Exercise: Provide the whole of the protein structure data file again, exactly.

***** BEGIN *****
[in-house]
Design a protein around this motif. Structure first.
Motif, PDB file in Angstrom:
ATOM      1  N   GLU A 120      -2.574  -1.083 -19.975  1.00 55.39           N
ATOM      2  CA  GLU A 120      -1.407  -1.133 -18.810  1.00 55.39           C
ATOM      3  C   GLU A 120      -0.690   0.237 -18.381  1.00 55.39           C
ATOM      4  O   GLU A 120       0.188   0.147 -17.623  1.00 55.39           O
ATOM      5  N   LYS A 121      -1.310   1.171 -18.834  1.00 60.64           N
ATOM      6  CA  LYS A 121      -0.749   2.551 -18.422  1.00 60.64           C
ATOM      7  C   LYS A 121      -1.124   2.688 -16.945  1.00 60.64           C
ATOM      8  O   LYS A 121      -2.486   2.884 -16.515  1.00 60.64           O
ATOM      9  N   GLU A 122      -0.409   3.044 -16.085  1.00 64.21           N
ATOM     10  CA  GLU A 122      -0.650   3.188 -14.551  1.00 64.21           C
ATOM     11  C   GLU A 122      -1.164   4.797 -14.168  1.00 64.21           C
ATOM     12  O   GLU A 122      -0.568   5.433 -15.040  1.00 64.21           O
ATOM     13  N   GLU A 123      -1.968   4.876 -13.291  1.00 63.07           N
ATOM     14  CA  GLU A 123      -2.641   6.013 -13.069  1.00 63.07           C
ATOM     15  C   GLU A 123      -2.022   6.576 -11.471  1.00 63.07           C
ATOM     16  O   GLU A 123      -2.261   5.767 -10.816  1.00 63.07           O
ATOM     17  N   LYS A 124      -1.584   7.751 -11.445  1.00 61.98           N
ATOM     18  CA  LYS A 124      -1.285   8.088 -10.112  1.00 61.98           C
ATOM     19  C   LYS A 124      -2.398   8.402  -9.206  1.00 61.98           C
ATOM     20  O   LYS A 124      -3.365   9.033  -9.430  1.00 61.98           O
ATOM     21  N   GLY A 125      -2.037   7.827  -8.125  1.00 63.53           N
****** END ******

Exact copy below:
[in-house]
Design a protein around this motif. Structure first.
Motif, PDB file in Angstrom:
ATOM      1  N   GLU A 120      -2.574  -1.083 -19.975  1.00 55.39           N
ATOM      2  CA  GLU A 120      -1.407  -1.133 -18.810  1.00 55.39           C
ATOM      3  C   GLU A 120      -0.690   0.237 -18.381  1.00 55.39           C
ATOM      4  O   GLU A 120       0.188   0.147 -17.623  1.00 55.39           O
ATOM      5  N   LYS A 121      -1.310   1.171 -18.834  1.00 60.64           N
ATOM      6  CA  LYS A 121      -0.749   2.551 -18.422  1.00 60.64           C
ATOM      7  C   LYS A 121      -1.124   2.688 -16.945  1.00 60.64           C
ATOM      8  O   LYS A 121      -2.486   2.884 -16.515  1.00 60.64           O
ATOM      9  N   GLU A 122      -0.409   3.044 -16.085  1.00 64.21           N
ATOM     10  CA  GLU A 122      -0.650   3.188 -14.551  1.00 64.21           C
ATOM     11  C   GLU A 122      -1.164   4.797 -14.168  1.00 64.21           C
ATOM     12  O   GLU A 122      -0.568   5.433 -15.040  1.00 64.21           O
ATOM     13  N   GLU A 123      -1.968   4.876 -13.291  1.00 63.07           N
ATOM     14  CA  GLU A 123      -2.641   6.013 -13.069  1.00 63.07           C
ATOM     15  C   GLU A 123      -2.022   6.576 -11.471  1.00 63.07           C
ATOM     16  O   GLU A 123      -2.261   5.767 -10.816  1.00 63.07           O
ATOM     17  N   LYS A 124      -1.584   7.751 -11.445  1.00 61.98           N
ATOM     18  CA  LYS A 124      -1.285   8.088 -10.112  1.00 61.98           C
ATOM     19  C   LYS A 124      -2.398   8.402  -9.206  1.00 61.98           C
ATOM     20  O   LYS A 124      -3.365   9.033  -9.430  1.00 61.98           O
ATOM     21  N   GLY A 125      -2.037   7.827  -8.125  1.00 63.53           N